And at the end of this clip, a brief glimpse of the overnight testcard – the colour/black and white chroma bars – which from c. 1992, was accompanied by the sound of RTÉ 2FM. The audio would usually arrive in sync with the appearance of the testcard – but for some reason here, there’s a slight delay.
At some point around 9am or so (TBC), the PM5544 testcard would appear. But this was in the days before RTÉ One and RTÉ 2 went 24 hours, so if you were watching RTÉ 2 via the analogue transmitter network, well, the transmitter would’ve been switched off shortly after the overnight chroma bars appeared. Dublin cable viewers could watch the testcard all night.
A start-up now from Easter Saturday 1996 (30th March). The format of the start-up changed in September 1995 when the channel was given a new look. The new routine was: ten minutes of clock; ident and optional voiceover; programme menu and voiceover; ident and voiceover into the first programme.
The two ident playouts here were usually off tape, rather than laserdisc. The channel’s idents were generally played off laserdisc, since September 1995. The playout suite was equipped with two laserdisc machines: one of these would’ve been used to play out the animating background for the clock.
Since presentation liked to use an animated background on the first programme menu of the day (the background was supplied via laserdisc) – and it was technically tricky to utilise the laserdisc machines for four consecutive events – the two idents were played off tape to simplify things.
The first ident of the day was always Earth and the second was generally Fire (but they did occasionally use Water or Wind). Your announcer here is Michael Comyn.
Meanwhile, on the same day, RTÉ One was having a bit of a meltdown, as the playout desk developed a fault. Looking closer at the clip, it seems that there was a faulty source on the desk, which partially overlaid the live output from the desk.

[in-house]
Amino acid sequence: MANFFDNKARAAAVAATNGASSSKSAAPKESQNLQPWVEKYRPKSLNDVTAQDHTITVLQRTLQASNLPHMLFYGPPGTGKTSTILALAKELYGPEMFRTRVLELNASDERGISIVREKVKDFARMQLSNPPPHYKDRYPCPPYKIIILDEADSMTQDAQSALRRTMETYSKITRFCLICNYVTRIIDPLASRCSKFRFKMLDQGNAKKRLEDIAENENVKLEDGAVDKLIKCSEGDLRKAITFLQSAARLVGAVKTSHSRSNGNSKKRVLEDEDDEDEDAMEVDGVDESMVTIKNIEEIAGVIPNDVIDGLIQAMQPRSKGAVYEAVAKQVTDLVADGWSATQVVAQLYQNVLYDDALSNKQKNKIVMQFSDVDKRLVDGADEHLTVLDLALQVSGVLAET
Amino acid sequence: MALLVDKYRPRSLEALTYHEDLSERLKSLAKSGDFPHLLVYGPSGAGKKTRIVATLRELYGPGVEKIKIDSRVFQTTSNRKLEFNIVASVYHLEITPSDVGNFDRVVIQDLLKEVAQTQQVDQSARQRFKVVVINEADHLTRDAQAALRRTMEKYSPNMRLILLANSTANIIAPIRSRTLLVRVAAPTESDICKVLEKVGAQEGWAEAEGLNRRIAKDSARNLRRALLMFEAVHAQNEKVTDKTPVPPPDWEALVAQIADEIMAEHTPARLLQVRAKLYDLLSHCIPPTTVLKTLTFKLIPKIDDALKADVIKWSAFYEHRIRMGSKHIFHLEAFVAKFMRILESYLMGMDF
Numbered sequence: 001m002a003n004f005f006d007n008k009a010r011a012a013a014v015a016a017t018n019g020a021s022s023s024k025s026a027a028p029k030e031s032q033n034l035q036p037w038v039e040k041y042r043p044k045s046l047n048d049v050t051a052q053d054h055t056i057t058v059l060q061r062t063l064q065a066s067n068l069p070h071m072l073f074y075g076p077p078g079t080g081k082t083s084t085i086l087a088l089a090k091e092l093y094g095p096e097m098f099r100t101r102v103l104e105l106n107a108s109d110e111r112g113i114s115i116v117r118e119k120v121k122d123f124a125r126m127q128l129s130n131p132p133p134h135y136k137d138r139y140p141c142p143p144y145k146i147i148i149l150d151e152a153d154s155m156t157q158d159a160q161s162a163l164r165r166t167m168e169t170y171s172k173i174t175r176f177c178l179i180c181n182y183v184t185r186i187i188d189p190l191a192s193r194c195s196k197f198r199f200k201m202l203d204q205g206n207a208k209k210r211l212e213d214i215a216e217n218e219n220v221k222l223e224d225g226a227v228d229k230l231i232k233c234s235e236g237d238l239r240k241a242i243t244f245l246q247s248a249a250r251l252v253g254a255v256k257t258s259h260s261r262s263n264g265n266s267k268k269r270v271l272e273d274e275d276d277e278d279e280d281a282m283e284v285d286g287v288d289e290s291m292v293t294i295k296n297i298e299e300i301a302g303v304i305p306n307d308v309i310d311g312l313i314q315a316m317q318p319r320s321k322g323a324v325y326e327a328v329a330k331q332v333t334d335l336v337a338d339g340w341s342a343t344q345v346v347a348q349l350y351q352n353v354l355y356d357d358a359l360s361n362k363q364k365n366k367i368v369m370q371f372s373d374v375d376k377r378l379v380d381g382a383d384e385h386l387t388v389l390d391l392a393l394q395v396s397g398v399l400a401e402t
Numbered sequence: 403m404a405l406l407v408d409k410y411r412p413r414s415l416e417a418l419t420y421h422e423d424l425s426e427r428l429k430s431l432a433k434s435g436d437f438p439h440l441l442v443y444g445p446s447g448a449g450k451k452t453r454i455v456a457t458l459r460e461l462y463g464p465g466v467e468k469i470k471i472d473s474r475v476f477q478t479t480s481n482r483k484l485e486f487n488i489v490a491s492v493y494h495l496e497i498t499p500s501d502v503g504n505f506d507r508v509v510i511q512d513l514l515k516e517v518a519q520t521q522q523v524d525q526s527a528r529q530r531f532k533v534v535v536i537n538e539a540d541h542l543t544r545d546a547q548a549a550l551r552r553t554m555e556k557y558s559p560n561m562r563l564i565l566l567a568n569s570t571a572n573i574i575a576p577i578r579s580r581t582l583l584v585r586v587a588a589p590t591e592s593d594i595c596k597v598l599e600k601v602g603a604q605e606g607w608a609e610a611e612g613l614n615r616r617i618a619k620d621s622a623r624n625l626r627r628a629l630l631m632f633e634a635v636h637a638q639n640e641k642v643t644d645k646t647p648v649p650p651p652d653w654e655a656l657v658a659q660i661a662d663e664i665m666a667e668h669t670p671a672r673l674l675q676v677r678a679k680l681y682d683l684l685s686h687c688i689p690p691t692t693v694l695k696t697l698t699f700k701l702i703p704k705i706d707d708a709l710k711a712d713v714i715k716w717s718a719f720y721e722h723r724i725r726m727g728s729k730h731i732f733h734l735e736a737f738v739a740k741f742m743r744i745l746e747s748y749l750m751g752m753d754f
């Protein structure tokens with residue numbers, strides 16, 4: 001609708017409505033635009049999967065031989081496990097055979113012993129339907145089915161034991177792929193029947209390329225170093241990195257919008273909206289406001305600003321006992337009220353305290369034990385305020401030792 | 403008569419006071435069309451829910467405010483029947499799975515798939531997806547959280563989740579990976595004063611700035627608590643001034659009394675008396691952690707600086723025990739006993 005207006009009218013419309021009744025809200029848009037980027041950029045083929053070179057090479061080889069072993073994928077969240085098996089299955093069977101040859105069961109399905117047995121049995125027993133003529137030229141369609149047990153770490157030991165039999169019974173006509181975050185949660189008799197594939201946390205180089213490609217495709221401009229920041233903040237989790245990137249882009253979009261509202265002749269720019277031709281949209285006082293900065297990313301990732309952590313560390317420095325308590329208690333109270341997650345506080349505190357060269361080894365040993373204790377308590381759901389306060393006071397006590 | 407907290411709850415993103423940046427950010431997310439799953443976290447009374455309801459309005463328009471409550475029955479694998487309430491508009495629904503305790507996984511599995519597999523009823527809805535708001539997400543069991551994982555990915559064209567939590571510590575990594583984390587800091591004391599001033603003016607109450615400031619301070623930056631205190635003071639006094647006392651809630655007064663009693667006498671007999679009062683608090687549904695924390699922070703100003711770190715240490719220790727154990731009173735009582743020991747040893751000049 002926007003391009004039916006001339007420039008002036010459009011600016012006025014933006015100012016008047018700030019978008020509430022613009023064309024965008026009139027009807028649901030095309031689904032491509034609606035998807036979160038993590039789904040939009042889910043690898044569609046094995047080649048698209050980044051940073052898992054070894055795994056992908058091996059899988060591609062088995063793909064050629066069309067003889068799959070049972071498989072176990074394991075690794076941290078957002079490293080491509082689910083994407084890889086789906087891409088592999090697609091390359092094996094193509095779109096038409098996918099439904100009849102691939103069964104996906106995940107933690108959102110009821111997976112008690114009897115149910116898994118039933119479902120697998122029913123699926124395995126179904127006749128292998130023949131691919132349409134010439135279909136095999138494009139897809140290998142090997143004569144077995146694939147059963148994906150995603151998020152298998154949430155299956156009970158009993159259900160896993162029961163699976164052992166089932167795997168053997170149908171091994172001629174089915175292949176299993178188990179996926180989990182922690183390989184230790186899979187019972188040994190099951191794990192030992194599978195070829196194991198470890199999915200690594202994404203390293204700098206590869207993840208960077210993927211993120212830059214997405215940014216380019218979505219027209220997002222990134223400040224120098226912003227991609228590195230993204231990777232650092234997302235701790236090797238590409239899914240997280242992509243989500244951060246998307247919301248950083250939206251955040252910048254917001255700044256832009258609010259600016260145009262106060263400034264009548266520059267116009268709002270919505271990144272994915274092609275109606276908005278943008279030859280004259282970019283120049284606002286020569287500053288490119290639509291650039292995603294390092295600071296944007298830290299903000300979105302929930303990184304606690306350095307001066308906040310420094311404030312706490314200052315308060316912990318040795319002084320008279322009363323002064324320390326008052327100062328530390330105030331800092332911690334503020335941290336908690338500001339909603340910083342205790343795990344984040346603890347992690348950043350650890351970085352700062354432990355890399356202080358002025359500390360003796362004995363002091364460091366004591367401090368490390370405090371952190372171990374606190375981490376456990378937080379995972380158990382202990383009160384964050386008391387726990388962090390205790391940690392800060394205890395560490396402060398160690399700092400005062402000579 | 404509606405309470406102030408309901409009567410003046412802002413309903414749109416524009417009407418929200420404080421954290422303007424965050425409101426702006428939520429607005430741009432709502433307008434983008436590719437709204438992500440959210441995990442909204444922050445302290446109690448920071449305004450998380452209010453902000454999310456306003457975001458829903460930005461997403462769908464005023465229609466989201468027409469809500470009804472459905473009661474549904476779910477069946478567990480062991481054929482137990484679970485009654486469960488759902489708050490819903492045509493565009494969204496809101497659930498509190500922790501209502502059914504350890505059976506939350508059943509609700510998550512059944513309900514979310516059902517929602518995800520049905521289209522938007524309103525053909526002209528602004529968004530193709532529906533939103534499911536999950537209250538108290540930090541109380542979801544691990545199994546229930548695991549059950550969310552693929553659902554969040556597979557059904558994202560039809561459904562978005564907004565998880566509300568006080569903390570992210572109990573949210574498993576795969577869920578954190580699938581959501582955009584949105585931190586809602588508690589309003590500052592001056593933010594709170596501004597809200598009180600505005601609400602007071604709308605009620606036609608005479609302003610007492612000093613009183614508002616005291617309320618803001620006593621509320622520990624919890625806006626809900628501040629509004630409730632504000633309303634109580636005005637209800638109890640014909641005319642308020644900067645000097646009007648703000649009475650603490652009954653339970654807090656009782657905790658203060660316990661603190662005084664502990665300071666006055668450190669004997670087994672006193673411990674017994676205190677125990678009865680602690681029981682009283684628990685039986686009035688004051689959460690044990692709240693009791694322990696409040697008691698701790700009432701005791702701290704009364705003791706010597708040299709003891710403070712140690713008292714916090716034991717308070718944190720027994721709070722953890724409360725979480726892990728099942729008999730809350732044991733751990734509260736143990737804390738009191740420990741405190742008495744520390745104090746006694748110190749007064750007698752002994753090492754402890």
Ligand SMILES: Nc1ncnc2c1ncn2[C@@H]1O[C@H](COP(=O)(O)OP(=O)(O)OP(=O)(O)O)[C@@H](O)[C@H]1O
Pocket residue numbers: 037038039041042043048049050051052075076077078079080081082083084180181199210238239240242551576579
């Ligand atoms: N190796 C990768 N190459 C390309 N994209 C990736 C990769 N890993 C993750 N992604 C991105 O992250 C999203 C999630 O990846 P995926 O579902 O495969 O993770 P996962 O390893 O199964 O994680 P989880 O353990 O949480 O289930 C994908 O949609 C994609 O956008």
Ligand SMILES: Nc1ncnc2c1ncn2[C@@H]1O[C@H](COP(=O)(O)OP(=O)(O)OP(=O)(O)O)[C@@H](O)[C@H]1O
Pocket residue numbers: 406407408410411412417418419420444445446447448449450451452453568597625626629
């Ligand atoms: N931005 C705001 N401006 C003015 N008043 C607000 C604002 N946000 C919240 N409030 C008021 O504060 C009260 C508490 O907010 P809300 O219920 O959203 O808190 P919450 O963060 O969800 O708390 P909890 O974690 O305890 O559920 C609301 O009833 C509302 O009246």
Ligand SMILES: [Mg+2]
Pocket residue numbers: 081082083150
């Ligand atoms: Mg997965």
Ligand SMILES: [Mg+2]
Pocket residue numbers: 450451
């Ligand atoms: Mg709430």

We start off with the problem source – which happens to be outputting what is presumably the opening frame of the clock background animation from one of the two laserdiscs available in the pres suite. Then another source, playing the clock background + hands is faded up. But you can see that the problem source remains on screen (by the duplicate clock background – clearly the output from the two laserdisc sources is not precisely lined up).
The intended live output source – featuring the full clock output (laserdisc background + clock hands) is faded out and the ident is cut up. Note the faulty source is still putting out the still of the clock background. The faulty source is then changed to a still frame from the start of the main ident – whilst the ident animation on the other laserdisc continues to play out, on what is the intended live output of the desk.
The faulty source stays on the ident still (you can see the St Bridget’s Cross) for quite some time. Whilst the main source is switched to slides of programme menus. Bizarrely, for the ident into the first programme, both laserdiscs play out the same ident simultaneously (live source + faulty source – each source playing out from a different laserdisc machine). And again, you can see the slight double-vision effect resulting from the output of the two laserdisc machines not precisely lining up.